Laying Leadership Foundations for the Future
The UK’s built environment industry is undergoing a revolution. A number of large scale projects such as One Nine Elms, Meridian Water and UWE Bristol are driving demand and creating an attractive proposition for international investors. Yet, the unique nature of these larger developments paired with impending impacts of Brexit and the notorious red tape surrounding planning presents significant leadership challenges. The ability to break down barriers to international trade, drive R&D and innovation, navigate increasingly complex landscapes and comply with UK regulation is essential. To match the pace of this change, success lies in having the right people. In the midst of a widening skills gap at the top, it’s time to think outside the box for a solution that provides a mix of technical and commercial skills needed to deliver results, returns and resilience.
International firms need knowledge of the patch while the UK needs more innovators
The increasing demand for built environment delivery combined with the sector’s historically low margins are leading to increased interest from overseas contractors that are able to offer innovative and cost-effective solutions. Chinese heavyweight the China National Building Material Company, which is behind six prefabricated home factories in the UK, is fiercely taking on the UK market. However, to achieve optimum commercial returns and deliver on time and budget, overseas firms need on the ground individuals with knowledge and practical understanding of the UK’s indigenous supply chain networks, cultural differences and market challenges including gaining planning approvals. This proved successful for Beijing Construction Engineering Group International when managed by Gavin Taylor, an Operations Director with years of experience navigating UK infrastructure and securing high profile work including Airport City in Manchester. Hiring talent from UK contractors may help to forge stronger links with overseas industry, break down barriers created by market differences and generate the best outcome for end user and contractor alike. At the same time, UK contractors looking to compete with international firms and produce innovative methods of delivery must look to their leadership. Securing individuals with a track record for driving innovation and R&D will be increasingly important if companies are to remain competitive.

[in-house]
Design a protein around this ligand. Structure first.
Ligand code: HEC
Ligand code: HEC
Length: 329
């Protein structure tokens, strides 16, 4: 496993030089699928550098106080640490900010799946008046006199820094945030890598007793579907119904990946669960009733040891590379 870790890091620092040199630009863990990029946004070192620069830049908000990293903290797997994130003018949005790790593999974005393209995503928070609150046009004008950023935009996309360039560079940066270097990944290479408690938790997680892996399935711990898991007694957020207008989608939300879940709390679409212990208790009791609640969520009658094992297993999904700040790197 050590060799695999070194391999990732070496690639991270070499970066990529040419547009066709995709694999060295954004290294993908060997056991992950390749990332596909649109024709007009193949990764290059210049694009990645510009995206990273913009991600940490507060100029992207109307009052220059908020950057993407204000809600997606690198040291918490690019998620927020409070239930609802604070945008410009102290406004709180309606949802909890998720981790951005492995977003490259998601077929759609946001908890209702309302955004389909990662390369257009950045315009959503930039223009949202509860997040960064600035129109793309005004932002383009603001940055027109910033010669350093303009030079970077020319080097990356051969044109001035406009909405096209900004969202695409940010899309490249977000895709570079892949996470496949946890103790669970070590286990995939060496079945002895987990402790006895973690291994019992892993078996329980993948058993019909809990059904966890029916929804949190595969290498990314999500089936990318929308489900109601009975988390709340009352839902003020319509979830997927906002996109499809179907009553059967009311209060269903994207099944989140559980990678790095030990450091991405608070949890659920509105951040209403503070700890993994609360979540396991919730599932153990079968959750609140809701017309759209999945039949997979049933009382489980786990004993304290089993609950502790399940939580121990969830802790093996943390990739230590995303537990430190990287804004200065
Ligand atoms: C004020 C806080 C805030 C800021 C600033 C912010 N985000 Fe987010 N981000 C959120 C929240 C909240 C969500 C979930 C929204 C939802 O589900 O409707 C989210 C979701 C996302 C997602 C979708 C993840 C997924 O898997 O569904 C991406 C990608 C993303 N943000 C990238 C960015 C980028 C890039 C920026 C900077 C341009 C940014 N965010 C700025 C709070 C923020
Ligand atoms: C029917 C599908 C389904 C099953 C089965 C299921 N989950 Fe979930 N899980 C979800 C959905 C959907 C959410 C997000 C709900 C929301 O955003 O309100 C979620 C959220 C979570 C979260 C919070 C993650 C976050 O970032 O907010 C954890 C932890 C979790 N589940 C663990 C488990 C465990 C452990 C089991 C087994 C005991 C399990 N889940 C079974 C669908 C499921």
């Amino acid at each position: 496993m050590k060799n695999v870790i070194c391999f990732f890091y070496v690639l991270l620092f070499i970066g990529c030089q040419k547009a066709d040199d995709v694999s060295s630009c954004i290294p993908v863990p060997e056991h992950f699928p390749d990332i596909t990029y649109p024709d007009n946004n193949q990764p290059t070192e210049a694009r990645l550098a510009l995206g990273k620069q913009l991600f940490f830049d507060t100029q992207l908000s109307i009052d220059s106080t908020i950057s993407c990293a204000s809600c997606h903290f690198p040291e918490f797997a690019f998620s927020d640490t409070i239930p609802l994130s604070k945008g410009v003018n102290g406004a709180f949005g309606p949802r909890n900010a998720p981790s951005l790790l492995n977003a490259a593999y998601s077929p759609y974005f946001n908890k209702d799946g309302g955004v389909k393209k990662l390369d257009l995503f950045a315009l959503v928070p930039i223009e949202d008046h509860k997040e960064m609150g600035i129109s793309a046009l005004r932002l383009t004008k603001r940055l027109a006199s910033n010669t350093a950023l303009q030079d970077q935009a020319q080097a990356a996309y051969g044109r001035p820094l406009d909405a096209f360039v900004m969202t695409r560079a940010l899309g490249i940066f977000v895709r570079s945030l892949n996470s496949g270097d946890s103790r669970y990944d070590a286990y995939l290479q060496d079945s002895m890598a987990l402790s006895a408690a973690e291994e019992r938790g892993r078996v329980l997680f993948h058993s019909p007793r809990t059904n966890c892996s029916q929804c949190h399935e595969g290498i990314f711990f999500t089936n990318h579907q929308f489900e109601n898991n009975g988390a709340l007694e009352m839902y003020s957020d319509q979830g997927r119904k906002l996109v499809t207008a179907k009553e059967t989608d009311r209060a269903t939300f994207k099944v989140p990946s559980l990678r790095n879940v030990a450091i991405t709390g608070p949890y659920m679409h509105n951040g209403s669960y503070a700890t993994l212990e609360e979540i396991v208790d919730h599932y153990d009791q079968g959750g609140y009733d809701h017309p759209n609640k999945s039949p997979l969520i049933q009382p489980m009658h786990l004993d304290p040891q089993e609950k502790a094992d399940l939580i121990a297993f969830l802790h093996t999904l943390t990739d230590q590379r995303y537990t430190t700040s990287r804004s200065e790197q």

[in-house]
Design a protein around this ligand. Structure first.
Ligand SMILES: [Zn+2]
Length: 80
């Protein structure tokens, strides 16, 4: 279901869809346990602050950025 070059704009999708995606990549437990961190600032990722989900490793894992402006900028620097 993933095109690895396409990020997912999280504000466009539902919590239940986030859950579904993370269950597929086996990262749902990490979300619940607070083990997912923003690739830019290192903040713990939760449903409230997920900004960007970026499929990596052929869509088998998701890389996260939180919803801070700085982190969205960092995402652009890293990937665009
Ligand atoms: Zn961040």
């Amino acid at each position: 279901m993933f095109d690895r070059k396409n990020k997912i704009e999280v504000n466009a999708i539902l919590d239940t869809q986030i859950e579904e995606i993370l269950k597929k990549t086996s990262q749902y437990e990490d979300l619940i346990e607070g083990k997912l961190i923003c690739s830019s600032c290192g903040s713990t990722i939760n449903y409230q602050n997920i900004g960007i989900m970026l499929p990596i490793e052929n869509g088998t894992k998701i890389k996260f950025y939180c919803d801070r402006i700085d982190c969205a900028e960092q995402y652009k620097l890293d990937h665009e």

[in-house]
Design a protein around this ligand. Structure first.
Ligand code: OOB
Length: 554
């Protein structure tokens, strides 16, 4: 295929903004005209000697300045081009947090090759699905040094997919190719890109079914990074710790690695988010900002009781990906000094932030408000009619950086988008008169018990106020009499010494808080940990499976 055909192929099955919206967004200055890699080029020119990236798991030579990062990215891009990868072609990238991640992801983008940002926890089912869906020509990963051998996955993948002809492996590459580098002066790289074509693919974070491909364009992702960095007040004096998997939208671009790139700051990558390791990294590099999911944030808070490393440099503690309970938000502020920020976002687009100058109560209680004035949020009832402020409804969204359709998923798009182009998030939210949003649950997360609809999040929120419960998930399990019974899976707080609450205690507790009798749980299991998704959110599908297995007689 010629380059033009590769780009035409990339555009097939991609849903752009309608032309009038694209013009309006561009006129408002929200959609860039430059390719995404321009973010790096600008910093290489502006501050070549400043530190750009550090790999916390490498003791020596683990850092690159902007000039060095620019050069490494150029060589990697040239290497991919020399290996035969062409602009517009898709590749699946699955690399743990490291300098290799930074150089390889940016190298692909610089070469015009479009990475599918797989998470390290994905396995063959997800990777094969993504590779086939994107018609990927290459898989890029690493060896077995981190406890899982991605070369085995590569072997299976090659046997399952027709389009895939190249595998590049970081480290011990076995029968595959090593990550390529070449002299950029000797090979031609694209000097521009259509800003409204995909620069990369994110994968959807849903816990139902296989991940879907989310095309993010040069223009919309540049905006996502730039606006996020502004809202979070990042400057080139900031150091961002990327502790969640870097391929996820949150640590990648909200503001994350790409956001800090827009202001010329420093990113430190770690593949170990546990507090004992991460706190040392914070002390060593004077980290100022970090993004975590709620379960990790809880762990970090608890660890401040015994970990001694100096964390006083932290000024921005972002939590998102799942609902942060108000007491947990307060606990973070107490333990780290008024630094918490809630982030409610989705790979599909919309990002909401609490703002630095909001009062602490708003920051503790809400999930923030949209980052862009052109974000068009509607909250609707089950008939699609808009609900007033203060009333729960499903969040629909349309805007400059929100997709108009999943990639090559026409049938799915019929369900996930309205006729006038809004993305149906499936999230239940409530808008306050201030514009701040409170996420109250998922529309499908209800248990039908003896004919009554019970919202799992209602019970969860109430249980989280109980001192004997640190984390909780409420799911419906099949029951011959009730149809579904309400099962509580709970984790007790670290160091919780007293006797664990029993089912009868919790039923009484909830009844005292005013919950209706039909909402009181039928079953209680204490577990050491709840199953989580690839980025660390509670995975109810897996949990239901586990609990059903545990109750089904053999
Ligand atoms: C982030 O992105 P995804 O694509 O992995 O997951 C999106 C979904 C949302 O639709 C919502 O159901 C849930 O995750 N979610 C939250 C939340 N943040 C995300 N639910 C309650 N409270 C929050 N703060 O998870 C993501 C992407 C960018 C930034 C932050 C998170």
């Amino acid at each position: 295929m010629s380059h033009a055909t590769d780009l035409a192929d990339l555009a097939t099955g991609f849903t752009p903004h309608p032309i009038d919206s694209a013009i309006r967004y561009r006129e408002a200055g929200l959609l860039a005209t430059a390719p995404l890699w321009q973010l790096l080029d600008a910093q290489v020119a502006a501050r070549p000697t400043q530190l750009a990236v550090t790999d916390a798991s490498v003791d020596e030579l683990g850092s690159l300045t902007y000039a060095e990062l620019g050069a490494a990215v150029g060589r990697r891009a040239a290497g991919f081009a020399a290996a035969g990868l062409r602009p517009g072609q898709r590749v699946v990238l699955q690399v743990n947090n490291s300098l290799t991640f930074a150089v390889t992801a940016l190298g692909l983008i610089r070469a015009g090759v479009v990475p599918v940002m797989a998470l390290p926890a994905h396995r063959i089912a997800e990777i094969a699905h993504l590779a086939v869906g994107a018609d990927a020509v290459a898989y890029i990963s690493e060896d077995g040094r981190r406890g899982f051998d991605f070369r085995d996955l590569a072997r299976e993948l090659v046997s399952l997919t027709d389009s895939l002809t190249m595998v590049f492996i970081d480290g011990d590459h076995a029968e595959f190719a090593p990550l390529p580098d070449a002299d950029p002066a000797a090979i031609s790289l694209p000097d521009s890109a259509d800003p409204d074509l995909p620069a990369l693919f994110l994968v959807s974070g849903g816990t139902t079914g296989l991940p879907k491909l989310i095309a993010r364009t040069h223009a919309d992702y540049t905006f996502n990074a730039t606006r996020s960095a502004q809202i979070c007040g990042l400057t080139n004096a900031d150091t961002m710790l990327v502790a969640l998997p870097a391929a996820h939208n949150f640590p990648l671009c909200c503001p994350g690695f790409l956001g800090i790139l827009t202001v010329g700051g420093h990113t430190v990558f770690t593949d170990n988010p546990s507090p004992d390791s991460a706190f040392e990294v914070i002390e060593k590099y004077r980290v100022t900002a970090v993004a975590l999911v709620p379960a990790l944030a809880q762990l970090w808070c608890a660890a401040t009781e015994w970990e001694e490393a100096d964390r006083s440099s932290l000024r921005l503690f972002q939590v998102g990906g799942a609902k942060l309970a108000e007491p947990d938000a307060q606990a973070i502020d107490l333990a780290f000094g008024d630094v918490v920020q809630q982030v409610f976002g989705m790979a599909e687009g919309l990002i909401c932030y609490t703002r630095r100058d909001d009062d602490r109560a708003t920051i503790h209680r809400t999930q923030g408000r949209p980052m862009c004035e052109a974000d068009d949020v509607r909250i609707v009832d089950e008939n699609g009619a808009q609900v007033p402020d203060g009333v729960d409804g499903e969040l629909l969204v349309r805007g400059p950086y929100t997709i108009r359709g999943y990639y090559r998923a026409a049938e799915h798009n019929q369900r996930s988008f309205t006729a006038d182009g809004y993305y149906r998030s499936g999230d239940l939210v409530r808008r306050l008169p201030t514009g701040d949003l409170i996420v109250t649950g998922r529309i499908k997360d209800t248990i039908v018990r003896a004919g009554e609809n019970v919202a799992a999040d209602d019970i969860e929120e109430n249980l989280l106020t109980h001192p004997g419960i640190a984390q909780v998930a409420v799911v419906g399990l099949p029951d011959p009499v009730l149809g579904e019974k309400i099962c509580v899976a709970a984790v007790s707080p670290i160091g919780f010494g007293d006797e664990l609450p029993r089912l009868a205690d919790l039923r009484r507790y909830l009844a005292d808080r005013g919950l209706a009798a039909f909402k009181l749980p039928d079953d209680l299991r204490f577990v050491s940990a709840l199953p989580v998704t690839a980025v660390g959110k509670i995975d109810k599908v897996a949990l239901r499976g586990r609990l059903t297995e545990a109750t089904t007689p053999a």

Catalyse R&D and innovation through leadership and collaboration
It’s no secret that UK contractors must continue to evolve in order to forge a competitive advantage, however an area that is lacking for the UK’s built environment industry is R&D and innovation. Construction accounts for less than 1% of the claims for R&D tax credits, compared to 30% in manufacturing, held back by a sector-wide lack of familiarity. More firms are realising the commercial opportunities on offer and the need to compete with international firms. As an example, UK financial services giant Legal & General recently began the hunt for development partners to support its move into modular homes, set to deliver 3,000 units per year. To think differently about its approach and fully embrace R&D and innovation, the sector must examine how it can source or collaborate with leaders and experts that have a track record for facilitating this transformation successfully in their respective fields. Exploring leadership in areas that embrace change such as manufacturing, automotive and logistics, where there has been a clear rise in the use of robotics and digital technology may help the built environment take that crucial leap forward.
The uncertainty generated by Brexit and it impacts on trade tariffs, access to labour and future funding and regulation is creating a number of challenges and opportunities for firms to seize the initiative. Importantly, organisations face leadership challenges around succession in the near future with a lack of quality in the mid-senior tier. Consequently, competition is high and native firms are designing creative methods to hold on to their own their high performers. However, organisations can look to plug the emerging skills gap in leadership and management by looking further afield and redesigning role profiles. For transferable commercial skills including bidding, project management, negotiation and strategy, talent can be found in professional services such as legal and finance where individuals are highly competent and will quickly pick up the vocational knowledge. Natural people and business leaders are rife across the business service sectors and the armed forces where there is an exciting population of high level operators. Finally, wider experience in implementing innovation and organising complex processes lie within the likes of manufacturing and logistics. Contractors pursuing a pragmatic and proactive approach should audit these sectors and benchmark them against existing networks in order to supplement and upgrade their leadership talent.
Large-scale projects are driving the evolution of the UK’s built environment industry and providing huge commercial opportunities for contractors. In the face of increased international competition, Brexit and the ever-challenging hurdles, focusing on finding the best balance of technical and commercial leadership will maximise business’ success, generate the best returns and write the next chapter in the sector’s story.
George Dobbins, Specialist in Built Environment at Berwick Partners.
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